Pre-season decoy prep: 6 dos and don’ts to keep your rigs fresh
By M.D. Johnson
Every season, I find a dozen “lost” decoys while I’m out and about doing what I do from mid-October through the end of January (i.e., hunt ducks).
The reason behind these milk carton mallards — Get it? Lost decoys. Milk Carton. Ha! — might be any number of things, but most can be summed up in two simple words: poor maintenance. Sure, the tides or a radical change in weather could have something to do with decoys floating away unnoticed or not being retrieved at the end of the hunt. However, more often it’s a matter of operator error:
- Anchor cords aren’t checked pre-season and break
- Knots come untied
- Hardware (e.g., snaps and swivels) fails
- Keel-based anchor points allow lines to slip
But it’s not only these lost plastic souls I come across each season. I also see plenty of what I call “ratty rigs”: mud-covered mallards; pintails and widgeon in desperate need of touch-up paint; Canadas with little flocking remaining. I’m not trying to be judgmental here, but if these blocks look bad to me, I’m betting they’re not very realistic to any ducks unfortunate enough to see them either.
What I’m trying to say here is don’t be THAT ’fowler. Solutions? Certainly. Here’s a list of pre-season decoy prep tips to help you get your rig ready for opening day.
6 Dos and don’ts for pre-season decoy preparation
- DO check each and every clip, swivel, knot and attachment point between the weight and the decoy. While you’re at it, check the whole anchor line. Replace anything that looks even slightly sketchy. There’s nothing worse than spending precious hunting time chasing down decoys; besides losing decoys, of course.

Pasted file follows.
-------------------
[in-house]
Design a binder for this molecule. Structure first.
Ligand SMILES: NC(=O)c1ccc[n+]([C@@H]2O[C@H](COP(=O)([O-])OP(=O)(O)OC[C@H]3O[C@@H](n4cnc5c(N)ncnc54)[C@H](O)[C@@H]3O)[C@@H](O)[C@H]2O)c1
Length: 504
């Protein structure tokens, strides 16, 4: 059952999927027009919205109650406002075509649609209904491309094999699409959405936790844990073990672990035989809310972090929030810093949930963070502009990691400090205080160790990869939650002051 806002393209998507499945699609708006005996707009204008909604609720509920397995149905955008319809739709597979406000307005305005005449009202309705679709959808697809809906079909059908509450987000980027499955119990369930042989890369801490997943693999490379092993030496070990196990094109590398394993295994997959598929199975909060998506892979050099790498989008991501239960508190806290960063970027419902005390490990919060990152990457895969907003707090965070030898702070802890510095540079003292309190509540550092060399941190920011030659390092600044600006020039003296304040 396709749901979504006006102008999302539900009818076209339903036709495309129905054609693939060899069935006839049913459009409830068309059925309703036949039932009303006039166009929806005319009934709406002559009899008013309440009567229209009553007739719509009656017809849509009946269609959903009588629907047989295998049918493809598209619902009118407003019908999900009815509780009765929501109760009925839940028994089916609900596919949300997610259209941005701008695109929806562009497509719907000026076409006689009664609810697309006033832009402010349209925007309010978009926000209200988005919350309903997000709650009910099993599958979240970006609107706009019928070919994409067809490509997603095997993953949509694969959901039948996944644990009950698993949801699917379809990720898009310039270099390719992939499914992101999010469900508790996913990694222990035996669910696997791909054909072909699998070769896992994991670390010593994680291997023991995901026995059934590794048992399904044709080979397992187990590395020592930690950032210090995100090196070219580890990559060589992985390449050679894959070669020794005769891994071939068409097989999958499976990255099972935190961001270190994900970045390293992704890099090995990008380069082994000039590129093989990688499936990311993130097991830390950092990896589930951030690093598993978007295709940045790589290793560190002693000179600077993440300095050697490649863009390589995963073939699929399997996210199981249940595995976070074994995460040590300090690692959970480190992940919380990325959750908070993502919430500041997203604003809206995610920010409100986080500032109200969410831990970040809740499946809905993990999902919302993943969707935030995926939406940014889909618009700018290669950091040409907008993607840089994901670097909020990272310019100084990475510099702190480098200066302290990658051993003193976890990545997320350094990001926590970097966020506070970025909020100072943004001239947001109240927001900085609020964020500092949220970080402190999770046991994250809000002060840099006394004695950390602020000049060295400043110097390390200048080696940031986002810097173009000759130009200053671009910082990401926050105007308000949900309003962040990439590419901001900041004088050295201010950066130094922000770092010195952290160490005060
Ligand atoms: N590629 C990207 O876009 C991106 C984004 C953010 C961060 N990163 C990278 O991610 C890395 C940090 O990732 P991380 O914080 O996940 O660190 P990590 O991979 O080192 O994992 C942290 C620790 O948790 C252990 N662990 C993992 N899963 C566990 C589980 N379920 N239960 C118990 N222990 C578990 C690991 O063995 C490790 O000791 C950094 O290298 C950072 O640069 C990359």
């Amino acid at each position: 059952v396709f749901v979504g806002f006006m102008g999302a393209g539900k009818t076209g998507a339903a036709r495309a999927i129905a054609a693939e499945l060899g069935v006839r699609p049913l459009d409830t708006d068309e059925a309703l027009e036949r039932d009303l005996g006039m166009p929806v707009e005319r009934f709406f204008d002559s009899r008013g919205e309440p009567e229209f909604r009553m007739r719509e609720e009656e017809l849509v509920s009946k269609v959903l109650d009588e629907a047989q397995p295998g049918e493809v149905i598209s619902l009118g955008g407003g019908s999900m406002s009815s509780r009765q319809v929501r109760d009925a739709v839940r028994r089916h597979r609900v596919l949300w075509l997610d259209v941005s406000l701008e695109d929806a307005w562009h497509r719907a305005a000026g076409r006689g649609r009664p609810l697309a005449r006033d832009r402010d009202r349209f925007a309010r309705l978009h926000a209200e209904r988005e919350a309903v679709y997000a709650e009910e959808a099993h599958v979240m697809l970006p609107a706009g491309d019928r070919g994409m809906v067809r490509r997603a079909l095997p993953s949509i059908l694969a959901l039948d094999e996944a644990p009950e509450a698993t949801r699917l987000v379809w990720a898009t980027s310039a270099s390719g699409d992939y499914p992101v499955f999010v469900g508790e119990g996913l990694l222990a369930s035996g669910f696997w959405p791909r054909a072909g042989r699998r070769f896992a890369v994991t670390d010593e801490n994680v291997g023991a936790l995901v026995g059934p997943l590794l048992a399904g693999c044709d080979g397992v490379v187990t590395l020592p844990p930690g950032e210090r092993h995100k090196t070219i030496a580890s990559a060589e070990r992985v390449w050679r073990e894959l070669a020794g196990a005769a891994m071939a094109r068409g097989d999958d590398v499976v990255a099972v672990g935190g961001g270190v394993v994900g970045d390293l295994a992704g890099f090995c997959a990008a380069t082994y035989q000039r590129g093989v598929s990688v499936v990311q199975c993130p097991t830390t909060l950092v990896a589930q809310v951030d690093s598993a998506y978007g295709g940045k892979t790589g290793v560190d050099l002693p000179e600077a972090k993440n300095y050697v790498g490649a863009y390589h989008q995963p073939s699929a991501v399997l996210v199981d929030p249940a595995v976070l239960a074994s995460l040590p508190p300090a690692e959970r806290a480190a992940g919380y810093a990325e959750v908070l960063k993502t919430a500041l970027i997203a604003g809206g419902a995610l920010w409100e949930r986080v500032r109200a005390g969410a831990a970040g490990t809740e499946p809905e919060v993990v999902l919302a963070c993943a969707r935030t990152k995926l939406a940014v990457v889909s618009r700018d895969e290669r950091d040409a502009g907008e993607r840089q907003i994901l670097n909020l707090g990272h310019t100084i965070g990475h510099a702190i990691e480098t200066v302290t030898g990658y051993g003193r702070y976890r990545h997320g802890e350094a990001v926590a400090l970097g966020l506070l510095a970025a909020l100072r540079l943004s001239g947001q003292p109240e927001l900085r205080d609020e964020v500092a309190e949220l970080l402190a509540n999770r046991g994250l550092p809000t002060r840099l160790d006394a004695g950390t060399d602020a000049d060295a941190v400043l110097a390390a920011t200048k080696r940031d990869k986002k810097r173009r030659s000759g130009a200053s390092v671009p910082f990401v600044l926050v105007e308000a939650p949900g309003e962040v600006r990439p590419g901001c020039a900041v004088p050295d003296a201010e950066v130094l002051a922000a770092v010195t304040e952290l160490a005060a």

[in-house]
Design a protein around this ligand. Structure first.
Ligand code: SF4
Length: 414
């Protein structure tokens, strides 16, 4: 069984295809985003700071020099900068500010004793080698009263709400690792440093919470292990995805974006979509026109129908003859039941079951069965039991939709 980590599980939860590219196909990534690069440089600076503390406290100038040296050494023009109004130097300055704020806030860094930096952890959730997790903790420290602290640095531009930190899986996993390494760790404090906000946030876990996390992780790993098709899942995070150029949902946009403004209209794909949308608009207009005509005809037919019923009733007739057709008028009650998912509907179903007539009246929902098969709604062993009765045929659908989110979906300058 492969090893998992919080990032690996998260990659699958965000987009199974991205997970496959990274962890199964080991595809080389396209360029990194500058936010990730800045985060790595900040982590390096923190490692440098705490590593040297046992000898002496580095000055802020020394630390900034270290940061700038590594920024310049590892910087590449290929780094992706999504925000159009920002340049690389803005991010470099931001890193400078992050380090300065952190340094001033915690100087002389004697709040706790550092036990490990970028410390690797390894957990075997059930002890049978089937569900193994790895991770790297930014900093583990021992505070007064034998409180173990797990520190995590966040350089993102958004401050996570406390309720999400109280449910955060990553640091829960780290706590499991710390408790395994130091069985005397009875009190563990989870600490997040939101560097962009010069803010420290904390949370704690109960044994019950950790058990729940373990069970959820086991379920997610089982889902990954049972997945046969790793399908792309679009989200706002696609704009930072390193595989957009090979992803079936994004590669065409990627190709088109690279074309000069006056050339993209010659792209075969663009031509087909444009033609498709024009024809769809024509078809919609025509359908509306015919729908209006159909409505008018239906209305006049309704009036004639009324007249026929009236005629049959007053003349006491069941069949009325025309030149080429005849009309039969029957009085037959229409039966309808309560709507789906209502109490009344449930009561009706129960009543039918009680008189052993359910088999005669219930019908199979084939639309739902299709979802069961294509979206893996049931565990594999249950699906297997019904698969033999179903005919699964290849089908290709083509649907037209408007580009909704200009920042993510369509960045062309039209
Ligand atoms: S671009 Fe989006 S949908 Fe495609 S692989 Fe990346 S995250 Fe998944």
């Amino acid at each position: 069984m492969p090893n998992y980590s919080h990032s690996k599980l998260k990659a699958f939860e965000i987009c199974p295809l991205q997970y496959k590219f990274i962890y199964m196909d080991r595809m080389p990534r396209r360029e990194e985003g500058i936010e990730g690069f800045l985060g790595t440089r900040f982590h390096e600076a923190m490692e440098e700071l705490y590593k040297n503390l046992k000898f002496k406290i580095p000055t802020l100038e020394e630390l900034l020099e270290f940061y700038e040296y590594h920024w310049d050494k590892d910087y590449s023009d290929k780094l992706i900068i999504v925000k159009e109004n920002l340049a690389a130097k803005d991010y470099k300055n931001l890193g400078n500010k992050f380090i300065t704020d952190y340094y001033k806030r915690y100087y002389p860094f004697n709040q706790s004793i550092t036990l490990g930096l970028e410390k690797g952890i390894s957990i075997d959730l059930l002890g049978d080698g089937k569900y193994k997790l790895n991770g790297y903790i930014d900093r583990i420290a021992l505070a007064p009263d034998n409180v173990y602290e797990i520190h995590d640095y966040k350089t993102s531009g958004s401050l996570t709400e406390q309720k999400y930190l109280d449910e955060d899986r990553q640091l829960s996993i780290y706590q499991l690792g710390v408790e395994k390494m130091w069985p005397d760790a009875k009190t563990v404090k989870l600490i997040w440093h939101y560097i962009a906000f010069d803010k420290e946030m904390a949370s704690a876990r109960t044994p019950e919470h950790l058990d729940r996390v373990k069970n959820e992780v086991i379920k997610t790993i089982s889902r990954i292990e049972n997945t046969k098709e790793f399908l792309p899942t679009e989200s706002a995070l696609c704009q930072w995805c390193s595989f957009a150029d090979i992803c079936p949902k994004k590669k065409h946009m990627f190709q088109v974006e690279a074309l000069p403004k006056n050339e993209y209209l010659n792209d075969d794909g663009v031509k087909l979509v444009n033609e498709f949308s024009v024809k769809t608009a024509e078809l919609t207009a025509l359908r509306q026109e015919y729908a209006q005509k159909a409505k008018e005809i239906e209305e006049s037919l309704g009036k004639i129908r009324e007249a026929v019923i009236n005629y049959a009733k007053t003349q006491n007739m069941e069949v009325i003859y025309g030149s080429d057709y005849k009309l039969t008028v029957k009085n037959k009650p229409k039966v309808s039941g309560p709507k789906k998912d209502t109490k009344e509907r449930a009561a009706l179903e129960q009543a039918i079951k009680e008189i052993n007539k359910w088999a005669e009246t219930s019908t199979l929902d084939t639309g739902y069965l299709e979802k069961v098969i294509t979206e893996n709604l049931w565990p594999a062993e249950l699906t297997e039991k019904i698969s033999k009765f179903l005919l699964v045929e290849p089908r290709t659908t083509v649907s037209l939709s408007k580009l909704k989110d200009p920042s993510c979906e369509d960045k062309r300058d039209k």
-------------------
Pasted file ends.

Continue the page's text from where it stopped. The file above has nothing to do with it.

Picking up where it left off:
- DON’T scrub your plastics with any type of soap or cleanser. Fred Zink, professional decoy carver, says soaps can enhance the UV characteristics of some plastics, making your decoys glow like a lightning bug’s butt. Cool water and a bristle brush only.
- DO clean your decoys. Real decoys kill ducks, especially late season ducks, and dirty decoys don’t look real. It only takes a few minutes, post-hunt, to give those blocks a good rinse with the outside hose. And while you’re at it, be sure to remove all that ’coontail, eelgrass, and anything else vegetative and/or foreign that might be clinging to the decoy itself. Again, it just takes a couple of minutes and will pay dividends in terms of you throwing a natural-looking rig.
- DON’T skimp on decoy bags. It may sound strange, but a quality decoy bag can be one of the best investments you make as a waterfowler. Ordering online may save a few dollars, but do you really know what you’re buying? Best is to do your pre-season decoy prep and try several out in-store before buying. Is it the right size? Does it stand up and stay open? Does it sink when empty? If I’m packing it on my back, is it comfortable?
- DO inspect each decoy for cracks, shot holes, splits or other damage. Nothing says “Guys hiding in the bushes!” to a flock of mallards better than a dozen half-sunk, listing decoys scattered throughout the spread.
- DON’T assume that because you’ve switched to brand spankin’ new coated cable Texas rigs, complete with shiny crimps and fancy weights and blah … blah … blah 21st century technology, everything is right with the world and you don’t have a thing to worry about regarding compromised hardware. You still have pre-season decoy prep to do. True story: I’ve had never-used, straight-out-of-the-box Texas rigs fail, making it a good idea to inspect each new component as you assemble your rig(s) pre-season.